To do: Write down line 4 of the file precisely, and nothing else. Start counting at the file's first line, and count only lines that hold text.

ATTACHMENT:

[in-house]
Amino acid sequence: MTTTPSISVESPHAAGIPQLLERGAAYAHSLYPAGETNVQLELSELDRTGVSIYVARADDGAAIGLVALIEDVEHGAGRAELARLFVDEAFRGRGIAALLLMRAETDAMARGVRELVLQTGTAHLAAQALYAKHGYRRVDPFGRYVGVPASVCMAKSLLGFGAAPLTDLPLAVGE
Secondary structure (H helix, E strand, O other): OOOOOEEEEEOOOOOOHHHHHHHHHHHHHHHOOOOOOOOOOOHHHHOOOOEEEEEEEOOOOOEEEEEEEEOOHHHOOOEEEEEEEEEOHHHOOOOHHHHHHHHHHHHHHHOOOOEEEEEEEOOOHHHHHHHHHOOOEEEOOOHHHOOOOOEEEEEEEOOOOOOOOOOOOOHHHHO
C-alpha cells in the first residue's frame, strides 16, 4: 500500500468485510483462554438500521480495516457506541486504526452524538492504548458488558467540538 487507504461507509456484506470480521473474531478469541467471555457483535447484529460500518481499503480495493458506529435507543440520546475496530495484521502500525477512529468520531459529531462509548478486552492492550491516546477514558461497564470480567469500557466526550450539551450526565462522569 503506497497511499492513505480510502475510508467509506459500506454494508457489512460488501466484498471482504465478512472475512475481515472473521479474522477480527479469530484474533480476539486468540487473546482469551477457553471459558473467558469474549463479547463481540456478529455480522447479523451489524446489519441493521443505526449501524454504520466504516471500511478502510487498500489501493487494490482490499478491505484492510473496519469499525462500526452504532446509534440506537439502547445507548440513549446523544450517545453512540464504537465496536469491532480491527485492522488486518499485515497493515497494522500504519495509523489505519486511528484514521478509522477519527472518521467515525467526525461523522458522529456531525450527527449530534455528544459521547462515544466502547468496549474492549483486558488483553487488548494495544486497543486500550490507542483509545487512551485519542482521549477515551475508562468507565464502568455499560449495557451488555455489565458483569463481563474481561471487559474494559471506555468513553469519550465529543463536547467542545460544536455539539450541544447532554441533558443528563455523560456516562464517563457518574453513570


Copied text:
C-alpha cells in the first residue's frame, strides 16, 4: 500500500468485510483462554438500521480495516457506541486504526452524538492504548458488558467540538 487507504461507509456484506470480521473474531478469541467471555457483535447484529460500518481499503480495493458506529435507543440520546475496530495484521502500525477512529468520531459529531462509548478486552492492550491516546477514558461497564470480567469500557466526550450539551450526565462522569 503506497497511499492513505480510502475510508467509506459500506454494508457489512460488501466484498471482504465478512472475512475481515472473521479474522477480527479469530484474533480476539486468540487473546482469551477457553471459558473467558469474549463479547463481540456478529455480522447479523451489524446489519441493521443505526449501524454504520466504516471500511478502510487498500489501493487494490482490499478491505484492510473496519469499525462500526452504532446509534440506537439502547445507548440513549446523544450517545453512540464504537465496536469491532480491527485492522488486518499485515497493515497494522500504519495509523489505519486511528484514521478509522477519527472518521467515525467526525461523522458522529456531525450527527449530534455528544459521547462515544466502547468496549474492549483486558488483553487488548494495544486497543486500550490507542483509545487512551485519542482521549477515551475508562468507565464502568455499560449495557451488555455489565458483569463481563474481561471487559474494559471506555468513553469519550465529543463536547467542545460544536455539539450541544447532554441533558443528563455523560456516562464517563457518574453513570